Stockholm, London, Singapore are Global "Most Connected Cities"

The 2013 edition of Ericsson's Networked City Index ranks Stockholm, London and Singapore as top three cities among 31 measured. Few will be surprised.

Nor will many disagree with the “key finding” that information and communications technology is linked to societal, economic and environmental development. That's key language: "linked."

We sometimes like to overreach and argue that communications and information technologies "cause" economic and social development. All we really can say is that development and technology tend to be correlated.

People like lists. So the new latest Ericsson “Networked Society City Index will get attention, as will any list of sports team rankings. For some us research geeks, the methodology is more important than the list, though. 

The reason, as Ericsson says, is that “the most meaningful indicators are not always possible to measure or collect.” Some of us would add the correlation most of us assume exists between development and broadband is not "causation." It is correlation.

That said, few will quibble with the general results, which combines a number of key social, economic and environmental measures with affordability, usage and infrastructure metrics.

To be sure, everybody assumes there is a correlation between availability and use of communications and computing infrastructure, and economic and social development, in any city, or elsewhere.

The problem is that the clear correlations are not necessarily causation. Nobody really can say with absolute certainty that cities “cause” economic growth, or that growth causes cities to form.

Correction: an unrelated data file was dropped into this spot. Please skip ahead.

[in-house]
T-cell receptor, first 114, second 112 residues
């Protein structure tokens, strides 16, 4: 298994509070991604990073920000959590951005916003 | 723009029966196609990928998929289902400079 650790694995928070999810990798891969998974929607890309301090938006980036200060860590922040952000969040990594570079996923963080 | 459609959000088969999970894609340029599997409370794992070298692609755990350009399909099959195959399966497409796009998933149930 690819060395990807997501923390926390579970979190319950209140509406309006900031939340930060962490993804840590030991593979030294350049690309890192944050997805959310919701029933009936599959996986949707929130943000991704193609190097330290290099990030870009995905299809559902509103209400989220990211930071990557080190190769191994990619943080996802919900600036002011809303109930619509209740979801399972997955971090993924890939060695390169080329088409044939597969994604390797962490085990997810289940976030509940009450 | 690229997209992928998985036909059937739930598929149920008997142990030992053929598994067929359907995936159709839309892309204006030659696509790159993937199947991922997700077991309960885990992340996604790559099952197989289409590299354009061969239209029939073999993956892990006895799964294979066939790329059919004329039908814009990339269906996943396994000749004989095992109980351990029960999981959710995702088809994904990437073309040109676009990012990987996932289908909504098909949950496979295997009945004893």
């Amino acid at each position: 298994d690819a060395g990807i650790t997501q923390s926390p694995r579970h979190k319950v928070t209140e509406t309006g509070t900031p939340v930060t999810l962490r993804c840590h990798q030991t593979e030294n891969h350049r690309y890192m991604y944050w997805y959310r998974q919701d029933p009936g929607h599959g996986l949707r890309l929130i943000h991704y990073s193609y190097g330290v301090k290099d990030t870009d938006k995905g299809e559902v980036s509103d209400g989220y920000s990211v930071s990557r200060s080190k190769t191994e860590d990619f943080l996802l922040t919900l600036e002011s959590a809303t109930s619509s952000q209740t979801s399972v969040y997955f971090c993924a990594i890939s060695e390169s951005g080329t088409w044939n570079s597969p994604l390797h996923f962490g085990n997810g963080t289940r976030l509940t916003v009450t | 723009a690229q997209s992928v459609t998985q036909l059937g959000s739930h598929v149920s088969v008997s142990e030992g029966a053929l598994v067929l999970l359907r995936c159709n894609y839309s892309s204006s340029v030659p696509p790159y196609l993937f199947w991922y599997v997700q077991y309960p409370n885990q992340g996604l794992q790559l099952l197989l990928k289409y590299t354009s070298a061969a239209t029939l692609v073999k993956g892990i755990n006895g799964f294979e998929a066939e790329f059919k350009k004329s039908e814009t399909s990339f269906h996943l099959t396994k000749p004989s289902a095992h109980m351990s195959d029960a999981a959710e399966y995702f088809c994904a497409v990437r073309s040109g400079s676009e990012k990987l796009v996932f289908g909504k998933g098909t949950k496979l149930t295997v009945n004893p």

The same “correlation without causation” can be said to exist for economic activity and broadband access, for example. We assume that good communications infrastructure contributes to economic growth. It is a reasonable assumption, if hard to prove.

Some might go further and say such infrastructure causes growth. That is where we step into a realm of belief, not science, as rational as we might try to be.

Most would agree there is correlation between high quality broadband access and economic and societal health and activity. That is why most will tend to agree with the rankings, at a high level.

That is simply to say the city index is like most human efforts at “doing science.” We can in many cases describe how something works, but we cannot always answer “why” something works (“What is the purpose?”)

We can describe inputs and outputs, and often the obvious immediate causal processes but we cannot assess “causation” in a metaphysical and universal way (“why does the universe exist?”).



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